Author Topic: Episode #721  (Read 2517 times)

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Offline seamas

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Re: Episode #721
« Reply #30 on: May 09, 2019, 05:06:57 PM »
Funny. For me they could cut 100% of Evan on any show and I would never take notice.

Online arthwollipot

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Re: Episode #721
« Reply #31 on: May 09, 2019, 09:37:54 PM »
If we were to abolish the CIA we would --as any SANE country would--immediately replace it with a new intelligence gathering agency with different name that does the exact same thing.

Really no different from ICE.

The sane thing to do would be to launch an investigation to flush out the organization of all people who have been involved in torture and other war crimes. If the organization has to be dismantled entirely to accomplish it, then do that. Some of what it does is necessary, keep that, rebuild that, whatever. But don't brush aside torture and various anti-human activities as if they are essential to operating an intelligence agency.

I wasn't fucking "brushing aside" anything.

Fair enough. But that's my response to the SGU's and the general sentiment that the CIA is not something that needs to be taken to task for the crimes that they have been committing and enabling.

Which is interesting, because every time they've talked about it they've stated that the fact that they are working with them in this way doesn't mean that they approve of or condone everything that the CIA has done in the past. Pretty much in exactly those words, each time. I'm not sure how you missed that.
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Offline 2397

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Re: Episode #721
« Reply #32 on: May 10, 2019, 02:36:30 AM »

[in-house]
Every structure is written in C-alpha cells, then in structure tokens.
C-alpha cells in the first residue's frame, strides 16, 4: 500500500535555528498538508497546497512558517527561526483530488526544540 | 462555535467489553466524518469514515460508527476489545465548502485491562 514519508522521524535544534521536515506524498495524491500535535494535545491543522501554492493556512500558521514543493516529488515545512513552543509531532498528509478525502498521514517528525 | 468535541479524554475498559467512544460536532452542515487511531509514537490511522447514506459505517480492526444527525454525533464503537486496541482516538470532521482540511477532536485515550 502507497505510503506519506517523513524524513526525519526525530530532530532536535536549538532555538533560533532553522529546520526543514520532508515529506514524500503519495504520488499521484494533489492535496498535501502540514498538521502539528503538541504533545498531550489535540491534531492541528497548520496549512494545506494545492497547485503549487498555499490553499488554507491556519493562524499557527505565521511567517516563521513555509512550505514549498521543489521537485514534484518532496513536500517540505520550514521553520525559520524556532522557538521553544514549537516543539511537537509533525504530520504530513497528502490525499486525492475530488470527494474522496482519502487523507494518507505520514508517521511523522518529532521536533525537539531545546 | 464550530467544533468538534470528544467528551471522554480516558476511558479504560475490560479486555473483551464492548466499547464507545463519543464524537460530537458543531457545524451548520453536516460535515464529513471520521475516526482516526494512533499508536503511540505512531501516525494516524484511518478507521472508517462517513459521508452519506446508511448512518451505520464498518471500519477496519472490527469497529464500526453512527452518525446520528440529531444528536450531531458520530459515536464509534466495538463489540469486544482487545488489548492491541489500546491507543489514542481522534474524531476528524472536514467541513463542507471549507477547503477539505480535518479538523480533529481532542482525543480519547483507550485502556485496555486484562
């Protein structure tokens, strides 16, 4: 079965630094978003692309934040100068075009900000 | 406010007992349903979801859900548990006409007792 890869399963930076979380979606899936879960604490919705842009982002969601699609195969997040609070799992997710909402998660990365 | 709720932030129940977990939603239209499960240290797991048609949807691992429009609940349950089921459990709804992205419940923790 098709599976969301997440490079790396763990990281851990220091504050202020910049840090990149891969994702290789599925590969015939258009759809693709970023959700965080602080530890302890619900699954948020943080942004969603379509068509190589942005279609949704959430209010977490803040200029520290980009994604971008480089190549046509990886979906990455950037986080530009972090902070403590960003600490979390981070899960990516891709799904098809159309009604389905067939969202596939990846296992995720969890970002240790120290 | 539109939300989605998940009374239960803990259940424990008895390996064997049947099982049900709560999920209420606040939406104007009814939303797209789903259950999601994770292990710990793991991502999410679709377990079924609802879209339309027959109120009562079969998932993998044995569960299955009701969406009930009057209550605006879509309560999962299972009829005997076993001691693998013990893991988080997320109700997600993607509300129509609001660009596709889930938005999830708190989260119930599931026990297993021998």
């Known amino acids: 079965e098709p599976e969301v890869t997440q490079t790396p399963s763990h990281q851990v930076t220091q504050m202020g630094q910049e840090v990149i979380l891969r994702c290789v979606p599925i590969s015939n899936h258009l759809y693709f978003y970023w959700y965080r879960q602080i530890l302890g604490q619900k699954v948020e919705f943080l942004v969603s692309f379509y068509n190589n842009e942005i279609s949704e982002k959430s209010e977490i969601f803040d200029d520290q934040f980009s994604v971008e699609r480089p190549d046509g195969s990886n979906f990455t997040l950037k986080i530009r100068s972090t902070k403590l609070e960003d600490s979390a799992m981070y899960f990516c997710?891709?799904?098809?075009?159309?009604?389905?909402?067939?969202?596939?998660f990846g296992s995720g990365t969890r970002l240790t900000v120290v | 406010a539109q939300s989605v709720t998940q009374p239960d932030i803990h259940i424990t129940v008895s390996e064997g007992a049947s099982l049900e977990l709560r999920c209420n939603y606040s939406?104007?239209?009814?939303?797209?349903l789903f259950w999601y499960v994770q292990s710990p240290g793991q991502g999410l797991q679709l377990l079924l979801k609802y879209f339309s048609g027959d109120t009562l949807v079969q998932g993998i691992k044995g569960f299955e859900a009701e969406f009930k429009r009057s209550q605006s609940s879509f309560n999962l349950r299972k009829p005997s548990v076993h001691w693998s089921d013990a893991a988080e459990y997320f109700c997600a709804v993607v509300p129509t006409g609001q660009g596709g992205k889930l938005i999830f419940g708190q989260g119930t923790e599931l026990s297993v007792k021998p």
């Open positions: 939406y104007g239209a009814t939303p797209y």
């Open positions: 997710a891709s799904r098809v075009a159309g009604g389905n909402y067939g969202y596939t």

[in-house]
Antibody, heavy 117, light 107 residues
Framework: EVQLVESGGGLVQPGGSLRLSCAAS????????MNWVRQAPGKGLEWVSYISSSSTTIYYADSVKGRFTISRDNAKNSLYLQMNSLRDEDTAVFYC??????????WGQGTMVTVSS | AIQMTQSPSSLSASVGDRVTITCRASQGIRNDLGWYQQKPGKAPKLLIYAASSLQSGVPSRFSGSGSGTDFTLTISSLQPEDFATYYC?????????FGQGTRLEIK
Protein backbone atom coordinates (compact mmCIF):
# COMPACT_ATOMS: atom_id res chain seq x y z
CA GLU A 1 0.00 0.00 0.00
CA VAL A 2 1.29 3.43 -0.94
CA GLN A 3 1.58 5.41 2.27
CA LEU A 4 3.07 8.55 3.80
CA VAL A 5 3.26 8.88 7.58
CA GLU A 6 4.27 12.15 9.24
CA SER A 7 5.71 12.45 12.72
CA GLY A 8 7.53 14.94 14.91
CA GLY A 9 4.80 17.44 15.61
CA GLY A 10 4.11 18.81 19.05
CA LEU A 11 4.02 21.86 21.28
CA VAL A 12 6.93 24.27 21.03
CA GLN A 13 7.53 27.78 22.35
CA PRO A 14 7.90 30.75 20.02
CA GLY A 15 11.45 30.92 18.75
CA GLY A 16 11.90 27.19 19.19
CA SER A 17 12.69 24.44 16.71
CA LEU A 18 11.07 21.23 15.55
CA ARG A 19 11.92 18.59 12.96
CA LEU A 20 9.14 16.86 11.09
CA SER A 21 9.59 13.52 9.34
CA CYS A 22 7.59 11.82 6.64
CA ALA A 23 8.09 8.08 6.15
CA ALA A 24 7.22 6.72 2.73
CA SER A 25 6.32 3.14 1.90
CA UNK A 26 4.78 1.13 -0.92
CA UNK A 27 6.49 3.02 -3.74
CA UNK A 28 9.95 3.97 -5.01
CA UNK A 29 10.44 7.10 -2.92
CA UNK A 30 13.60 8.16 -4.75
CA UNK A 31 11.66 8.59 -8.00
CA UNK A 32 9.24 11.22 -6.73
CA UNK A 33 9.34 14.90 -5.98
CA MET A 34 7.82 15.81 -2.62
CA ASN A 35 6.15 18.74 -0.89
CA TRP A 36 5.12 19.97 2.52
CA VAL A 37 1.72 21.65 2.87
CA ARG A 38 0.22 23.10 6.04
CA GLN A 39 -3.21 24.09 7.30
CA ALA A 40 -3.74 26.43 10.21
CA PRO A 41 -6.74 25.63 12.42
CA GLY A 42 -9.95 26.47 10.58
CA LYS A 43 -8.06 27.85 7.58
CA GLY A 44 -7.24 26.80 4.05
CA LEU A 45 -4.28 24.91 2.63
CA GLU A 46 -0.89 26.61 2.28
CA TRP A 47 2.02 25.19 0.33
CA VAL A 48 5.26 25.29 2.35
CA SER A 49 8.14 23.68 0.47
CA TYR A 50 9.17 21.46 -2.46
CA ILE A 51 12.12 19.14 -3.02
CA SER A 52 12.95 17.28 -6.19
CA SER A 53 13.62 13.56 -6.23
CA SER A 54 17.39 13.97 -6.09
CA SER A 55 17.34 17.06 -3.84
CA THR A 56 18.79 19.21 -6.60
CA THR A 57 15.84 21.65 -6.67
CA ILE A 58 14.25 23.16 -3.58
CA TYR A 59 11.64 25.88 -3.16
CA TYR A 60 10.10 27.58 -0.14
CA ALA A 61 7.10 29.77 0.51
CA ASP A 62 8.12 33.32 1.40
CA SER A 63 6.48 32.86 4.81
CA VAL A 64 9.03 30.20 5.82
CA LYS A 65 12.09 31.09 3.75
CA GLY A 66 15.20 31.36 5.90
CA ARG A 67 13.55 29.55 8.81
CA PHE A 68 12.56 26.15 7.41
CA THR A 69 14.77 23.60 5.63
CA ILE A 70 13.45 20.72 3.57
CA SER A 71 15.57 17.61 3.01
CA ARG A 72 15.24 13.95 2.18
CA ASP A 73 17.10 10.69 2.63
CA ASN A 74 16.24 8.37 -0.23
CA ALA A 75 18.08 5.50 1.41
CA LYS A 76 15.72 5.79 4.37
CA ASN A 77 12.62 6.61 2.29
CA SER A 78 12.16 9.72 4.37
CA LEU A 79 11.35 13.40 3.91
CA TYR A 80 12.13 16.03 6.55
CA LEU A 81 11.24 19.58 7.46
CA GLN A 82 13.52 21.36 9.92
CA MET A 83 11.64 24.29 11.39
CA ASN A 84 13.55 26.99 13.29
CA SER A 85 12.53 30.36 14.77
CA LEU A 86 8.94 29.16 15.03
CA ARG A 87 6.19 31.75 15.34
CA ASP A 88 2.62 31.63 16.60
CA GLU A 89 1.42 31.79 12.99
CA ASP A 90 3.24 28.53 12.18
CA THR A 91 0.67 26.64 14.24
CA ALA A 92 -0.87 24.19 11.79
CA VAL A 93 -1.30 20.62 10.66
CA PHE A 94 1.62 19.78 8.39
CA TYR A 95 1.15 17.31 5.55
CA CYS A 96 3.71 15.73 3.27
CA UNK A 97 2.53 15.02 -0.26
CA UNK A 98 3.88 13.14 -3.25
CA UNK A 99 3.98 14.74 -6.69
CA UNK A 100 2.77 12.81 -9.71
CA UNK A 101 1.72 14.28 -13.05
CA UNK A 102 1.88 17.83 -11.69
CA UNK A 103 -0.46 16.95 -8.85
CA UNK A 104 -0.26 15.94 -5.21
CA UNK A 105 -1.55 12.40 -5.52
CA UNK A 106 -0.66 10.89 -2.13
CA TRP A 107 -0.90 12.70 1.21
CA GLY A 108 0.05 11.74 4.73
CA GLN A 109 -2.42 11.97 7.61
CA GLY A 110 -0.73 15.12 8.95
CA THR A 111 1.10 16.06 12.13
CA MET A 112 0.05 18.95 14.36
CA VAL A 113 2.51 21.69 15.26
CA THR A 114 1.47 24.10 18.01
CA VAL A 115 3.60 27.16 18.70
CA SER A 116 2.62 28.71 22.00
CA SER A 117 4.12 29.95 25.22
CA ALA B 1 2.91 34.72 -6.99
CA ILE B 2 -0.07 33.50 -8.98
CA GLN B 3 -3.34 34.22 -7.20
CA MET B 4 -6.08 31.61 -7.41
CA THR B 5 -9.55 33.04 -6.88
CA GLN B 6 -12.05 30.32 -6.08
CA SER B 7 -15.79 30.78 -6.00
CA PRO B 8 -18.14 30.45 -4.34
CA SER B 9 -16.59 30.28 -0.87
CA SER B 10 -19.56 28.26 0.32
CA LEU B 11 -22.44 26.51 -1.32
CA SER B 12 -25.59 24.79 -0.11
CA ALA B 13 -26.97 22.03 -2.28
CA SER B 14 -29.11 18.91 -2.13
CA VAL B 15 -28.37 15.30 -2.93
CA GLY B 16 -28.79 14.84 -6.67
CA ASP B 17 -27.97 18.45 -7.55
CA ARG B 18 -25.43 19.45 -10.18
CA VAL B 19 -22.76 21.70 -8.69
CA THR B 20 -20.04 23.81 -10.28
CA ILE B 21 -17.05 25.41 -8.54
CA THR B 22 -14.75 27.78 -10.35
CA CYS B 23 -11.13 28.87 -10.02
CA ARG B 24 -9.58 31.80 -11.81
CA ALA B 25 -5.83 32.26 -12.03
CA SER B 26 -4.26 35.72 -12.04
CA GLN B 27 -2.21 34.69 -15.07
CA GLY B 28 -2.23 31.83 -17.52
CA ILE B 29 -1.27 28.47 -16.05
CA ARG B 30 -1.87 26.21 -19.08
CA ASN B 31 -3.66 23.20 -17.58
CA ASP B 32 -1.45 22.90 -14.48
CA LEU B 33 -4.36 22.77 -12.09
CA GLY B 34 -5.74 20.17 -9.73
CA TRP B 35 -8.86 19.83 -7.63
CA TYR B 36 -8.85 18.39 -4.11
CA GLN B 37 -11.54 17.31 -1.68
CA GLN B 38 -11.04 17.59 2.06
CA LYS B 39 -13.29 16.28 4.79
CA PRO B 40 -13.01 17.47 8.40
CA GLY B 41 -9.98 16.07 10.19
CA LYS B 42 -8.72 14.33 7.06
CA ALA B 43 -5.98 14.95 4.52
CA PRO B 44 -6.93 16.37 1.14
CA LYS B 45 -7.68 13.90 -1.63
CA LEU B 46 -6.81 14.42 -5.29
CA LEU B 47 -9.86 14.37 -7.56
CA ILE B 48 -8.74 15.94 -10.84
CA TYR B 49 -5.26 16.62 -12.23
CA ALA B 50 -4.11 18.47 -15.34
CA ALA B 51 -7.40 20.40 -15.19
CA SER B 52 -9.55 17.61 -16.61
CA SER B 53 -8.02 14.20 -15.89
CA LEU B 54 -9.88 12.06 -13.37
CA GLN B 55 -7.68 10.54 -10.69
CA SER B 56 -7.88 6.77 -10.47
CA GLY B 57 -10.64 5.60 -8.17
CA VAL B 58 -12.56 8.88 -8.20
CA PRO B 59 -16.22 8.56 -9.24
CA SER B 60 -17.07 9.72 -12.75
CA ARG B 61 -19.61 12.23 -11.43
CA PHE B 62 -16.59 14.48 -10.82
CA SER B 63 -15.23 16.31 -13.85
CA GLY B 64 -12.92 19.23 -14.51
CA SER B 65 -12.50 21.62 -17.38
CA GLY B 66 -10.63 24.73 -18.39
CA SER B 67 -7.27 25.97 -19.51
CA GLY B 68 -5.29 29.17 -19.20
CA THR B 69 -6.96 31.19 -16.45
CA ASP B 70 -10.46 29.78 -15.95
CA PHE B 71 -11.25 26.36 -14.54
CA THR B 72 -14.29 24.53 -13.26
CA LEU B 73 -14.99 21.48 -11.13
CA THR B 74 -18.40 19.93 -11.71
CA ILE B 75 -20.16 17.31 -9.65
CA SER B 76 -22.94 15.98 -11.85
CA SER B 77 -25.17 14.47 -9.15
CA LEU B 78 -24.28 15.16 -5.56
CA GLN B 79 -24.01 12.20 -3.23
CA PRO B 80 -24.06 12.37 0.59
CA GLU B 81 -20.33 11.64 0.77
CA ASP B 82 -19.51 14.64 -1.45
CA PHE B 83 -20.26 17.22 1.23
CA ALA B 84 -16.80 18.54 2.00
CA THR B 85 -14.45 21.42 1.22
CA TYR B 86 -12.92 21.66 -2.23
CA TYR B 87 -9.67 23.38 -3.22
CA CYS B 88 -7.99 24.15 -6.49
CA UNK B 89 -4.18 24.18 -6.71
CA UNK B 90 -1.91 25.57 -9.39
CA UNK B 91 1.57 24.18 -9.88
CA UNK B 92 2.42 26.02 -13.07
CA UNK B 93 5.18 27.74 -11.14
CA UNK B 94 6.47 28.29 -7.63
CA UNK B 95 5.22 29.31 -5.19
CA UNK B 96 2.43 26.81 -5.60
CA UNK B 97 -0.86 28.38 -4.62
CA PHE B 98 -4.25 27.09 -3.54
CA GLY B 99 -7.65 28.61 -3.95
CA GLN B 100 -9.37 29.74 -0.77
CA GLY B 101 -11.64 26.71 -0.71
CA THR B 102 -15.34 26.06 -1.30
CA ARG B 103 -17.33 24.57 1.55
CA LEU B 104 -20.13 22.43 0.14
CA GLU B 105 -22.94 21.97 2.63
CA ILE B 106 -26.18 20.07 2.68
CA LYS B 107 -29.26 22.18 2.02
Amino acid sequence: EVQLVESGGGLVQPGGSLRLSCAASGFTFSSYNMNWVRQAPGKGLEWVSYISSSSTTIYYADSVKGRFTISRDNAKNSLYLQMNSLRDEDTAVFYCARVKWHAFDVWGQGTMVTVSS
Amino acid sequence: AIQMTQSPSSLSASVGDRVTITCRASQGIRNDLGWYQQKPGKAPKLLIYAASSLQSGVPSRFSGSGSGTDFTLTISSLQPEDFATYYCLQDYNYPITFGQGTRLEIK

They do that without actually talking about what the the CIA has done, and only to dismiss the criticism that the SGU has been getting. When they're talking about what they were doing with the CIA, the focus on how cool it is to be at the CIA, not the problems with the CIA.

If they would just shut up about the CIA, that would be an improvement. Why do they keep bringing it up if they don't want to talk about the lack of prosecutions, and the possibility that they're shaking hands with people who have personally been involved in acts worse or equally horrible to any individual they have criticized in detail on the show before?
« Last Edit: May 10, 2019, 02:46:29 AM by 2397 »

Online arthwollipot

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Re: Episode #721
« Reply #33 on: May 10, 2019, 02:44:28 AM »
They do that without actually talking about what the the CIA has done, and only to dismiss the criticism that the SGU has been getting.
They said it the very first time they mentioned it.
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Offline 2397

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Re: Episode #721
« Reply #34 on: May 10, 2019, 04:50:29 AM »
They do that without actually talking about what the the CIA has done, and only to dismiss the criticism that the SGU has been getting.
They said it the very first time they mentioned it.

Steve did a preemptive "oops" after the first segment, realizing how giddy they had been about the CIA. And then the next time*, he sounded annoyed that people were complaining. As if that little footnote was all that was needed to deal with the topic of the things that the CIA has done that are less fun.